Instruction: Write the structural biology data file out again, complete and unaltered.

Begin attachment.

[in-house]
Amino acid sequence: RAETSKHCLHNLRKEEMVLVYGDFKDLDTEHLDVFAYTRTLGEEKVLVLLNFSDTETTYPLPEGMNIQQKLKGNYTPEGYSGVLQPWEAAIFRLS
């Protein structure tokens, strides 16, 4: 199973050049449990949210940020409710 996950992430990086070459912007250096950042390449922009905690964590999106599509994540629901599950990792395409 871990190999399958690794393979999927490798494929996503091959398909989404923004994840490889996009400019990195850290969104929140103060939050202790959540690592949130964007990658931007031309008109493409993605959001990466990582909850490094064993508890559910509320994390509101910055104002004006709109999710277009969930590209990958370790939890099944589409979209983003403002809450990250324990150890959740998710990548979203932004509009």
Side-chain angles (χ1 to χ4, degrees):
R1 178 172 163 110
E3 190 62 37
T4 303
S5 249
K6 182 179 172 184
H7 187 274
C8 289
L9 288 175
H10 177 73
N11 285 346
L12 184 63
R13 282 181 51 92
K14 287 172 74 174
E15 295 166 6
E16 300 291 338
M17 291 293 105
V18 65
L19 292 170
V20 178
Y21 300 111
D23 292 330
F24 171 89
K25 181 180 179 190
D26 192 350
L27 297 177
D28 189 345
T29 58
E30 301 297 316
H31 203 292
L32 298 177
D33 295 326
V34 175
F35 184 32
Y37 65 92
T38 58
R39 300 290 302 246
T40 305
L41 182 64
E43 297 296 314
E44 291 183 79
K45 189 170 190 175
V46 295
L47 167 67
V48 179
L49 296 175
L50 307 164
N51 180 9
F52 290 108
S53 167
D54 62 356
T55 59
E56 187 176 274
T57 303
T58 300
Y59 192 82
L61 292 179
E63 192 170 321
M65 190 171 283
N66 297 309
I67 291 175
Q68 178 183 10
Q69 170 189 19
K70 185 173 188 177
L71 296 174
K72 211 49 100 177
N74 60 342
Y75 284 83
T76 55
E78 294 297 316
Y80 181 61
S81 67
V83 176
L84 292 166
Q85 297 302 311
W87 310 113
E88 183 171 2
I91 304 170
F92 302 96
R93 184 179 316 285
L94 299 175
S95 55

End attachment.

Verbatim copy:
[in-house]
Amino acid sequence: RAETSKHCLHNLRKEEMVLVYGDFKDLDTEHLDVFAYTRTLGEEKVLVLLNFSDTETTYPLPEGMNIQQKLKGNYTPEGYSGVLQPWEAAIFRLS
């Protein structure tokens, strides 16, 4: 199973050049449990949210940020409710 996950992430990086070459912007250096950042390449922009905690964590999106599509994540629901599950990792395409 871990190999399958690794393979999927490798494929996503091959398909989404923004994840490889996009400019990195850290969104929140103060939050202790959540690592949130964007990658931007031309008109493409993605959001990466990582909850490094064993508890559910509320994390509101910055104002004006709109999710277009969930590209990958370790939890099944589409979209983003403002809450990250324990150890959740998710990548979203932004509009």
Side-chain angles (χ1 to χ4, degrees):
R1 178 172 163 110
E3 190 62 37
T4 303
S5 249
K6 182 179 172 184
H7 187 274
C8 289
L9 288 175
H10 177 73
N11 285 346
L12 184 63
R13 282 181 51 92
K14 287 172 74 174
E15 295 166 6
E16 300 291 338
M17 291 293 105
V18 65
L19 292 170
V20 178
Y21 300 111
D23 292 330
F24 171 89
K25 181 180 179 190
D26 192 350
L27 297 177
D28 189 345
T29 58
E30 301 297 316
H31 203 292
L32 298 177
D33 295 326
V34 175
F35 184 32
Y37 65 92
T38 58
R39 300 290 302 246
T40 305
L41 182 64
E43 297 296 314
E44 291 183 79
K45 189 170 190 175
V46 295
L47 167 67
V48 179
L49 296 175
L50 307 164
N51 180 9
F52 290 108
S53 167
D54 62 356
T55 59
E56 187 176 274
T57 303
T58 300
Y59 192 82
L61 292 179
E63 192 170 321
M65 190 171 283
N66 297 309
I67 291 175
Q68 178 183 10
Q69 170 189 19
K70 185 173 188 177
L71 296 174
K72 211 49 100 177
N74 60 342
Y75 284 83
T76 55
E78 294 297 316
Y80 181 61
S81 67
V83 176
L84 292 166
Q85 297 302 311
W87 310 113
E88 183 171 2
I91 304 170
F92 302 96
R93 184 179 316 285
L94 299 175
S95 55